Because the festive season shouldn’t be a politically charged affair.
Over the last week, the world has been torn apart by the apparently cataclysmic decision of Starbucks to remove Christmas-themed designs from its holiday cups. Since 1997, the coffee giant has switched from white to red cups every holiday season, and decorated them with reindeer, snowflakes, Christmas trees, and other imprints relating to, well, Christmas.
However, this year the ‘Christmas cup’ was a plain red affair, sans any sort of design other than the green and white Starbucks logo. When questioned about its abrupt change, Starbucks’ vice president of design and content, Jeffrey Fields stated the company wanted to embrace the “simplicity and the quietness of it”.
“This year we wanted to usher in the holidays with a purity of design that welcomes all of our stories,” Fields said.
Needless to say, Christian America went a little berserk.
Some even went as far to say Starbucks had declared a ‘war on Christmas’, and coined a few hashtags (of course) to illustrate their point. (Google #WarOnChristmas; it’s interesting.) Evangelical Christian and social media uber presence Joshua Feuerstein actually recorded a video rant, urging Christians to answer ‘merry Christmas’ when Starbucks staff ask for their names.
“Starbucks REMOVED CHRISTMAS from their cups because they hate Jesus,” Feuerstein’s post, which has already racked up 10.5 million views on Facebook, said.
Okay, here’s the thing. It is glaringly obvious the Starbucks cup issue is, without a doubt, a first world problem. It’s a cup. Come on. Cancer is a thing, people.
However, regardless of the pomp and circumstance of rampaging over what is essentially a barely-firm piece of paper masquerading as a drinking vessel, it’s not ludicrous to assert this is a little bit too far in the direction of a politically correct quagmire.
Before you yank out your pitchforks, think about it. You could assume Starbucks changed the theme of the cups for no other reason than to change things up a bit. That it has nothing to do with Christmas. After all, reindeer, pine trees, and snowflakes have nothing directly to do with the true Christian meaning anyway (the last I heard it wasn’t snowing in Jerusalem in the Middle East). But these images do have strong and very happy symbolism for the majority of the Western world.
So, why, considering such large numbers of people enjoy and celebrate Christmas, even in a quasi-secular form, is Starbucks eliminating the symbolism so many people have come to enjoy? More to the point, this isn’t the only example of political correctness acting like the Grinch gone wild.
Companies send out ‘Happy Holidays’ cards instead of ‘Merry Christmas’ now for fear of excluding the non-religious. Schools host ‘end of year’ concerts instead of Christmas concerts, and gingerbread men have lost their gender, leaving an androgynous, un-decorated biscuit in lieu. At the shopping complex 20 minutes from my house, they have ceased to play Christmas carols in a bid to be more inclusive on non-celebrators, even the ones that don’t directly reference Christianity.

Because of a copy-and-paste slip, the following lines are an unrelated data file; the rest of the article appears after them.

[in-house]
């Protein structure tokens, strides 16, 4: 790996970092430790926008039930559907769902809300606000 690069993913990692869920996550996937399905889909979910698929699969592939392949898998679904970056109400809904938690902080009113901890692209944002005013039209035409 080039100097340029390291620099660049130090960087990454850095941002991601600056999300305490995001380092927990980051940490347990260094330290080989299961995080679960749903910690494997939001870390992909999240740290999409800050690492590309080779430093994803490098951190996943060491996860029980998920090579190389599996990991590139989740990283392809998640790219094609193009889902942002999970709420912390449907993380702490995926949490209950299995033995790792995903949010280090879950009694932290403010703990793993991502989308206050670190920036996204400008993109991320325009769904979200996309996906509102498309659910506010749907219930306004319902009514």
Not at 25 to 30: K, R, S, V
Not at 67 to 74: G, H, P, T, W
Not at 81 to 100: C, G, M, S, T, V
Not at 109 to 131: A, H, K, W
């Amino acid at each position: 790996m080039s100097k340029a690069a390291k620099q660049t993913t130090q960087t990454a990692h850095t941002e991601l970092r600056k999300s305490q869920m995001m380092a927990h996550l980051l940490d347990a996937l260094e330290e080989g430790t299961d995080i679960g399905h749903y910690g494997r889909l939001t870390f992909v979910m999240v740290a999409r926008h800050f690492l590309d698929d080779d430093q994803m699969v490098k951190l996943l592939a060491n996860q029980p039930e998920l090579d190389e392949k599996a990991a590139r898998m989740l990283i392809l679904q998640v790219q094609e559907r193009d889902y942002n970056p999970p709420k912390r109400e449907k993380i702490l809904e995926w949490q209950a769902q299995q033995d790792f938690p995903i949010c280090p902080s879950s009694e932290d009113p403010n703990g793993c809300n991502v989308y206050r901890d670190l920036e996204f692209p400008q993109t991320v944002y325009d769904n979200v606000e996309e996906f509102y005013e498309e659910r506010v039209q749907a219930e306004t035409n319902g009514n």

As for sitting on Santa’s knee at the mall; don’t even think about it. Owing to the push for politically correct parenting, kids are now instructed to sit next to Santa, not to cuddle him, and Santa’s hands have to be visible at all times. Regardless of the fact the Santa in question has gone through rigorous working with children checks and sometimes police investigations.
I’m all for multiculturalism, gender equality and protecting children, really I am. But aren’t we losing sight of the bigger picture here? When did we decide gingerbread men were sexist and Santa Claus was a sexual predator? And why can’t we celebrate Christmas on a commercial scale, but still acknowledge, celebrate, and accept other religions? More to the point, why has preserving Christmas; a day of giving, sharing, and love, borne of the culture and ideology the Western world is based on (the ideologically nice parts anyway), been cast out of the sphere of preserving multiculturalism?
Eliminating the symbolism of Christmas from shopping malls, cards, and cups not only undermines a tradition dear to billions of people over the course of history, it also underestimates our ability to be open-minded, tolerant and accepting of other beliefs, traditions and cultures. I have never heard any of my Jewish friends mouthing off about Christmas carols played in shops, nor any of the parents I know fretting about their kids sitting on Santa’s lap, and as a feminist I’ve never taken issue with any of the so-called ‘gendered’ traditions associated with the festive season.
Removing Christmas designs on Starbucks cups isn’t going to destroy the planet. However, leaving them on isn’t going to grossly offend and exclude every other culture in the world either. Everyone, please just chill out and have a peppermint mocha with whipped cream and extra sprinkles.
Images via shemazing.com and news.com.au